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Home Prices Continue to Surge During the Pandemic

Historically low mortgage rates and work-fom-home are leading the rising costs of home prices

Canadian home prices continue to see record increases during the pandemic. Part of this has been fuelled by families feeling their living quarters cramping as many work and study from home.


But in many cases, low mortgage rates incentivize home buyers, giving them the confidence to borrow more to get into that dream home.

A new record increase for the price of a home in Canada


In June 2021, Canadian home prices saw their biggest 12-month increase on record. According to the Teranet National Bank composite price index, home prices were up 16 per cent year-over-year. This beat the previous record set in June 2017 of 14.2 per cent.


June 2021 also marks the 11th month in a row where home prices have accelerated. The rise was led by five markets:

  • Halifax up 30.8 per cent
  • Hamilton up 28 per cent
  • Ottawa-Gatineau up 25.8 per cent
  • Montreal up 19.4 per cent
  • Victoria up 18.5 per cent


Surprisingly some of the traditional hot markets in the last decade saw the smallest increase coming in below the national average:

  • Toronto up 15.9 per cent
  • Vancouver 14.7 per cent
  • Quebec City 10.8 per cent
  • Winnipeg 9.9 per cent
  • Calgary six per cent
  • Edmonton 5.5 per cent


Teranet’s composite price index shows home prices were up 10 per cent or more in an unprecedented 90 per cent of 32 urban markets and up 30 per cent or more in 42 per cent of these markets.

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Flexible work may be pushing prices higher


Markets outside of big city centres have seen the most dramatic increase. Canadians working from home are now looking at a future where work could be a hybrid of home and office post-pandemic.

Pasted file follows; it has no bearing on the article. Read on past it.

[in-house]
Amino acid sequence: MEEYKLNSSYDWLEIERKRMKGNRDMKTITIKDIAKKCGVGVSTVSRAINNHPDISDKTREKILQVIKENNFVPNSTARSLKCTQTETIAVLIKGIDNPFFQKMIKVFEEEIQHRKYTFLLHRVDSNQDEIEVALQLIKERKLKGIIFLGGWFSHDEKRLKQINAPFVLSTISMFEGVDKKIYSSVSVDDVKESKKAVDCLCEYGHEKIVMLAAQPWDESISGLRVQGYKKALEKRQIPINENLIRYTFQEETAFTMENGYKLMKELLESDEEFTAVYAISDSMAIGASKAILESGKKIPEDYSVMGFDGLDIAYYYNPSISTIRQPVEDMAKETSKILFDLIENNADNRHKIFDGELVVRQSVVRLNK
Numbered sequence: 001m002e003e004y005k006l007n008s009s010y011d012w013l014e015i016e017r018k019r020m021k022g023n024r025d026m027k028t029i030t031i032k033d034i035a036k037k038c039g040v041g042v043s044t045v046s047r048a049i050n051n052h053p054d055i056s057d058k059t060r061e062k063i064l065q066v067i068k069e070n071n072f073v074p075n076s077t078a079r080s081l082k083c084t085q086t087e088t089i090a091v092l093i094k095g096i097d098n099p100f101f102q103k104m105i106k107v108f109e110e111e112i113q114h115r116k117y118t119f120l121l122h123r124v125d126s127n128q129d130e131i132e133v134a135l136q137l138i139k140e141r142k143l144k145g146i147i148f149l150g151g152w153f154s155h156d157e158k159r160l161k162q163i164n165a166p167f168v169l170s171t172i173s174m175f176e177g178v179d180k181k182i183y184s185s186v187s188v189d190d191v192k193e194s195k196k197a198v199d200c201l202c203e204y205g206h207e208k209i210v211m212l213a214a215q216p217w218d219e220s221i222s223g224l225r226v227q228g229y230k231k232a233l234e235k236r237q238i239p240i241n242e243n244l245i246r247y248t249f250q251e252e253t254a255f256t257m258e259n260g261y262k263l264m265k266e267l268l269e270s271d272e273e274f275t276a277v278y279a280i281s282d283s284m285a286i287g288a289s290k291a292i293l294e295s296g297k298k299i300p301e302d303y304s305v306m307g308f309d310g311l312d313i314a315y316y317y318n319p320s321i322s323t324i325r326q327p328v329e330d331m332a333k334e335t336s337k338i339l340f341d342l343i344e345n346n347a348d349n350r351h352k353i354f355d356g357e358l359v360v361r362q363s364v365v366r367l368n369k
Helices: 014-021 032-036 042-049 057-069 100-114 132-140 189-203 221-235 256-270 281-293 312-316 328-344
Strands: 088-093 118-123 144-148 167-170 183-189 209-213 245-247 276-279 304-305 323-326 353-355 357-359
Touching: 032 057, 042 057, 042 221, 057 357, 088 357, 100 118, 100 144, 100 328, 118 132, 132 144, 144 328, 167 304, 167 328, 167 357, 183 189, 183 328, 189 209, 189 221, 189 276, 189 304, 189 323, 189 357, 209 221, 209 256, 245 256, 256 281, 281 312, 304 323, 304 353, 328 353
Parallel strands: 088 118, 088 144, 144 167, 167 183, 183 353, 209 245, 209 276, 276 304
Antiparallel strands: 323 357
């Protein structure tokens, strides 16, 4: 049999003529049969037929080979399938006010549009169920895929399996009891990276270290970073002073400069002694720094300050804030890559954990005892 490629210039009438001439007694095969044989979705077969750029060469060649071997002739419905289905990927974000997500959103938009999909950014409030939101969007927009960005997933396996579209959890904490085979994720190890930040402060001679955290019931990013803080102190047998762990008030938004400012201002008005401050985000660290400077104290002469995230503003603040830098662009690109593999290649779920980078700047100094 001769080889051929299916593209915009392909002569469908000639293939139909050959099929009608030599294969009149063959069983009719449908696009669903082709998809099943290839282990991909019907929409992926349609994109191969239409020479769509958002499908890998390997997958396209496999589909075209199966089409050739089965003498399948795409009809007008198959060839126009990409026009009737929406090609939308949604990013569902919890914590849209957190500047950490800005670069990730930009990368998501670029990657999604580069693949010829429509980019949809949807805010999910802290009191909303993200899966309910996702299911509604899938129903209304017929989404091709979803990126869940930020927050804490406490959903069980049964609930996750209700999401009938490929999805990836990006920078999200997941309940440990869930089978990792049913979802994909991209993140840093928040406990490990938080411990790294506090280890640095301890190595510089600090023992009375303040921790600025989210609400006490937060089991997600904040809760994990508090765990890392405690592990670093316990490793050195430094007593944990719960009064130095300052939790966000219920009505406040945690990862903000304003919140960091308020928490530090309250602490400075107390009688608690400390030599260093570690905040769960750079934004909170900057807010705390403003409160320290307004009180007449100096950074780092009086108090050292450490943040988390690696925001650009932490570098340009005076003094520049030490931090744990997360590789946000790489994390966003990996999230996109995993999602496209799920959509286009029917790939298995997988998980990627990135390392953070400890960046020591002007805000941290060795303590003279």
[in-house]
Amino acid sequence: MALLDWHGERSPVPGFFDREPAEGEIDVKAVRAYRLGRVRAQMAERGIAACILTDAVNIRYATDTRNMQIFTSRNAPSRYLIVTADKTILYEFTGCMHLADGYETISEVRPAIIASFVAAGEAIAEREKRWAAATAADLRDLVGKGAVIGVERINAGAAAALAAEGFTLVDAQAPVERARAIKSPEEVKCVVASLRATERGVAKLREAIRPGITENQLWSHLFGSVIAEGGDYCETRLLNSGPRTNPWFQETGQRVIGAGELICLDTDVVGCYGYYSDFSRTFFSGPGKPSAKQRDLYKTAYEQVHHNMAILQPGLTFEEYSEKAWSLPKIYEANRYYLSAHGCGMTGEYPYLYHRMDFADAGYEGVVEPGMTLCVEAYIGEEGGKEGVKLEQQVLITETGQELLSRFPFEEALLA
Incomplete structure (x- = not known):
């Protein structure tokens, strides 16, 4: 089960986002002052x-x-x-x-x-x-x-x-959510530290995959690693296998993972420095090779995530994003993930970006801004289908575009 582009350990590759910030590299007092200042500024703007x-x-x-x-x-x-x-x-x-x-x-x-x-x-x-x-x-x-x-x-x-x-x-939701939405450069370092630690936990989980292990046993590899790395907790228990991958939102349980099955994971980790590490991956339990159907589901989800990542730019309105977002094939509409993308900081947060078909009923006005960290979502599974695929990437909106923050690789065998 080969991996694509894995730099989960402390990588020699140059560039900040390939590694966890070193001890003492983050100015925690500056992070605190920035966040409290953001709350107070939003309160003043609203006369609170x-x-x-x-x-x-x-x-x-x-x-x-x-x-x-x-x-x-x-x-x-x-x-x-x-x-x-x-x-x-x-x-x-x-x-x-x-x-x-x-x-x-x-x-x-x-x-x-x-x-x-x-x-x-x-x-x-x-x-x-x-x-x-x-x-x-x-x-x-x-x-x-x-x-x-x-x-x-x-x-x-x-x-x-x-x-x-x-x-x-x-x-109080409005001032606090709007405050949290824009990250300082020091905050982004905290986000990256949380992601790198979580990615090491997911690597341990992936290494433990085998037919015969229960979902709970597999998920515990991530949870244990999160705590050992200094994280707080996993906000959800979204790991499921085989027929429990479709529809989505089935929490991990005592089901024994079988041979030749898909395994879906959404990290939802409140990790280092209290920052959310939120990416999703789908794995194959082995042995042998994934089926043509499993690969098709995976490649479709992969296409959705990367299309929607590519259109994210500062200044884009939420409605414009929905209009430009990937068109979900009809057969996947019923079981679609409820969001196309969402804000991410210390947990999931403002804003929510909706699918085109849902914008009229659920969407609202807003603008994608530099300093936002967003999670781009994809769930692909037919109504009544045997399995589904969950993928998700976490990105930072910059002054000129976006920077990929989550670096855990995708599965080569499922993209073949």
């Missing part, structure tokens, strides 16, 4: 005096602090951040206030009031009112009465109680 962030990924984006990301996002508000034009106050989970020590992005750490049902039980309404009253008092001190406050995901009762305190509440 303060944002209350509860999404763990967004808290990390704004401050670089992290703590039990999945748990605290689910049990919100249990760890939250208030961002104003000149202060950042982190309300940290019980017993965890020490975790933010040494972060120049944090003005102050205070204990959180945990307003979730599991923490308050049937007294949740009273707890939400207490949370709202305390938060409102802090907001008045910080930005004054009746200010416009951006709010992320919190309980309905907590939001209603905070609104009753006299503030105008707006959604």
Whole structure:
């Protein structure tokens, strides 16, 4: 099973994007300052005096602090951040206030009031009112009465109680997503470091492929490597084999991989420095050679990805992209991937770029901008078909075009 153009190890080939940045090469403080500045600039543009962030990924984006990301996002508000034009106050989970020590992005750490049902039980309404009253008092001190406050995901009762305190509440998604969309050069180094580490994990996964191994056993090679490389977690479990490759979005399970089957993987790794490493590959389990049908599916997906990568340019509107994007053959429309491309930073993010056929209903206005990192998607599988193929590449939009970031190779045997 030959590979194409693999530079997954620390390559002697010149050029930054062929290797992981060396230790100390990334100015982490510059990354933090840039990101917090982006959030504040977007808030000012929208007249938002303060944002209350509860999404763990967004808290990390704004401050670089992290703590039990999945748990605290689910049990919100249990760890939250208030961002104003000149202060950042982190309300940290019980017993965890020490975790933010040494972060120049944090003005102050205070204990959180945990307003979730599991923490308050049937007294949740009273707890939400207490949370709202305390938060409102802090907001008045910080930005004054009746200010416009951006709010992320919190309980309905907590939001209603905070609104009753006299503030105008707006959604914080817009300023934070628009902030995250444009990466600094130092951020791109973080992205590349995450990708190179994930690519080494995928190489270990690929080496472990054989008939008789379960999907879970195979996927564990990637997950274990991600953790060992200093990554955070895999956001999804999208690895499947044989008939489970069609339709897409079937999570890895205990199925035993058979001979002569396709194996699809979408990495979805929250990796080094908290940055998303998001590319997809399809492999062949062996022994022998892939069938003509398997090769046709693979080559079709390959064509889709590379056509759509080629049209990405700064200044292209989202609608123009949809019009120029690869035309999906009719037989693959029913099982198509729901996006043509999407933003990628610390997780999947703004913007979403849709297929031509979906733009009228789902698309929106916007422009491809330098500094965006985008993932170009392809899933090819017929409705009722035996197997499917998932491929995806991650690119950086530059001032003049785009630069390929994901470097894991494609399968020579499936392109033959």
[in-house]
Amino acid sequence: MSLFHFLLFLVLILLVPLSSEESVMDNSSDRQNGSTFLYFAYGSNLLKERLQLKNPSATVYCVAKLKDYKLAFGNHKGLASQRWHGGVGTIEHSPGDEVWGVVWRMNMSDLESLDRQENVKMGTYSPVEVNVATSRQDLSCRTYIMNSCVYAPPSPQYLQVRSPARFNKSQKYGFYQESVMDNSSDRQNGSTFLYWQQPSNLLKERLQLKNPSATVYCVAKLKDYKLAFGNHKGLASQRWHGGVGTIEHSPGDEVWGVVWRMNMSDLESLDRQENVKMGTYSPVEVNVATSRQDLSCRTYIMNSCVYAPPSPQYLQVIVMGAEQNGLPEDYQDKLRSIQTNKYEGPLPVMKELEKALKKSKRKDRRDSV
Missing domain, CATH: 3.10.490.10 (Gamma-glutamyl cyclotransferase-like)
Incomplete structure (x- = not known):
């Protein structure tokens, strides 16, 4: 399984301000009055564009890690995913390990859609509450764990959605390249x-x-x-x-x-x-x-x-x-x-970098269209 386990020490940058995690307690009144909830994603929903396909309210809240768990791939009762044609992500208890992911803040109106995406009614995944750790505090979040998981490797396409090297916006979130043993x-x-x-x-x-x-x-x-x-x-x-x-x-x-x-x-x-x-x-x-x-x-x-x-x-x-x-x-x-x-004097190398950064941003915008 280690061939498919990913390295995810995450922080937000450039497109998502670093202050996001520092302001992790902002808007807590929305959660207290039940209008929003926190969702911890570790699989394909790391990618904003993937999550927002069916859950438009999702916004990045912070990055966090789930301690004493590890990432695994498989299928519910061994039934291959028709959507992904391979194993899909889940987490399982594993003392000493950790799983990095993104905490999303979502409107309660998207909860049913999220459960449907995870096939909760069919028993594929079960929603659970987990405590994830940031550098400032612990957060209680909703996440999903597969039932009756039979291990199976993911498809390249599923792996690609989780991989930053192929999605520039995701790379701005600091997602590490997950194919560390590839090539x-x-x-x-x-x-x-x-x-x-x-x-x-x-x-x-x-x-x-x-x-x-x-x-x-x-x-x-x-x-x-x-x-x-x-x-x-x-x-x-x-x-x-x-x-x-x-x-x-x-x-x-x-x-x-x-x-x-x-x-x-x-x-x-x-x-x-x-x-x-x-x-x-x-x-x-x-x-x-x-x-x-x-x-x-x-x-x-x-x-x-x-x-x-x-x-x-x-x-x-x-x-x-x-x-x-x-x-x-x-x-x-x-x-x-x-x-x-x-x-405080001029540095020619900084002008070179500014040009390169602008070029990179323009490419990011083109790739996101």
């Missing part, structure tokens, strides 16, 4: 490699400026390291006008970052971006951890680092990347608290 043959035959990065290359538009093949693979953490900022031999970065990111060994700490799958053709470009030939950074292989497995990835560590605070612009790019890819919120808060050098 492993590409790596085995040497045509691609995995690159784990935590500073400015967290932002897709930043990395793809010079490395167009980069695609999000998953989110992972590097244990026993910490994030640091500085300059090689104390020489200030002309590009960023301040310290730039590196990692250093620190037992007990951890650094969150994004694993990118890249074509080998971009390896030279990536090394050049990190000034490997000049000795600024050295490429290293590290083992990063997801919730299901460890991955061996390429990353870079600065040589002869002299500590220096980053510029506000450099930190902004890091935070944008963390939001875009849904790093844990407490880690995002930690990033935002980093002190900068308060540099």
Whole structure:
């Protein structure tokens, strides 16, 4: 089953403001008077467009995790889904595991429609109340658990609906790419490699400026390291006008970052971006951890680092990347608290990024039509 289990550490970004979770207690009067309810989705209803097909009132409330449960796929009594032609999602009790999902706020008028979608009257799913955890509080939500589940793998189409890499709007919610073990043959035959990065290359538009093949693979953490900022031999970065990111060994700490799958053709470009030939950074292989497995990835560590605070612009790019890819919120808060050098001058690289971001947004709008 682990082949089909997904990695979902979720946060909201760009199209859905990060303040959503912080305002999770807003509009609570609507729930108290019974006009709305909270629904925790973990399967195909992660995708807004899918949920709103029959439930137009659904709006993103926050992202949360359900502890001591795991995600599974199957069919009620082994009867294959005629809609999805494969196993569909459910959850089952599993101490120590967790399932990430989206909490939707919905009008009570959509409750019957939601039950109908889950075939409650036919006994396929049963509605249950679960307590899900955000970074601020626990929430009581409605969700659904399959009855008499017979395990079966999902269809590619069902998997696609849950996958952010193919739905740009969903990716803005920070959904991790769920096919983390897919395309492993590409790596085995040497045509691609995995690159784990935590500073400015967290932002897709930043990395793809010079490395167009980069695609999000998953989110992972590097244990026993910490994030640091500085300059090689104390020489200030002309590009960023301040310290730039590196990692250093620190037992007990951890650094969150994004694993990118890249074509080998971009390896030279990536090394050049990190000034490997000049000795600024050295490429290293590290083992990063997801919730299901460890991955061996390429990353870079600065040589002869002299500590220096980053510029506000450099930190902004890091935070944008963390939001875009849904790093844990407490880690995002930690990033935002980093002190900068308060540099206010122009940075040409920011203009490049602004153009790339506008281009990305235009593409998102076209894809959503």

Many are insisting their employer offer flexible workplace solutions once COVID-19 is no longer a threat to public health.


A survey by KPMG of more than 2,000 Canadian workers found more than two-thirds of workers want the flexibility to work in the office and remotely. A further 71 per cent believe a hybrid workplace, or hybrid office, should be the standard model for all organizations.


Add to this a survey by the recruiting firm Robert Half shows one in three workers say they would quit if asked to return to the office in person on a full-time basis. Survey respondents also said they want the freedom to set office hours. They want employers to pay for commuting costs and have more relaxed dress codes for in-person meetings.


All of this indicates that the push to move away from city centres is on. The more days Canadians can work from home, the further away from their office they could be willing to live. Let's face it, a long commute one day a week doesn't seem so hard when you can live in a bigger home with more green space.


Housing forecast for 2022 and beyond


In its latest announcement, the Bank of Canada held rates steady at 0.25 per cent. Keeping Canadian borrowing costs low as the pandemic continues. The central bank reiterated its commitment to “holding the policy interest rate at the effective lower bound until economic slack is absorbed so that the two percent inflation target is sustainably achieved.”


They say this could happen sometime in the second half of 2022, signalling to Canadians that record low-interest rates are here to stay until the Bank can achieve its ideal inflation target. At that point, it is possible that there will be a Bank of Canada interest rate hike. 


Low interest rates for another year could continue to push home prices even higher. Especially in markets that have not seen significant increases in the last decade. This could be an opportunity for more depressed markets to catch up to the gains the urban centres have experienced.  In fact, Bancroft, a small town in Ontario, was MoneySense’s top spot for their annual “Where to buy Real Estate Guide."


First time home buyers suffer most


Inevitably this will create more anxiety in the market, especially for young people who have been struggling to get on to the property ladder.  When out shopping, the fundamentals remain the same, can you afford to make the mortgage payments if rates rise?


Do your own stress test to see how much your mortgage will cost you if rates were two or three percentage points higher?


Have you considered all the costs of homeownership, property tax, utility bills, maintenance and home insurance?


Finally, have you sat down and done a long-term plan, will this house suit your lifestyle in five years? How about 10 years from now? Selling a home after owning it for a short time can be a costly experience.


READ: Check out our first time home buyers guide for helpful tips


The bottom line


There is no crystal ball to tell you where home prices or the Bank of Canada interest rate will be in the future. Still, you can save yourself a lot of money and stress by making sure you can afford the place you're buying today (even with potential rate increases).


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Overnight Lending Rate in Canada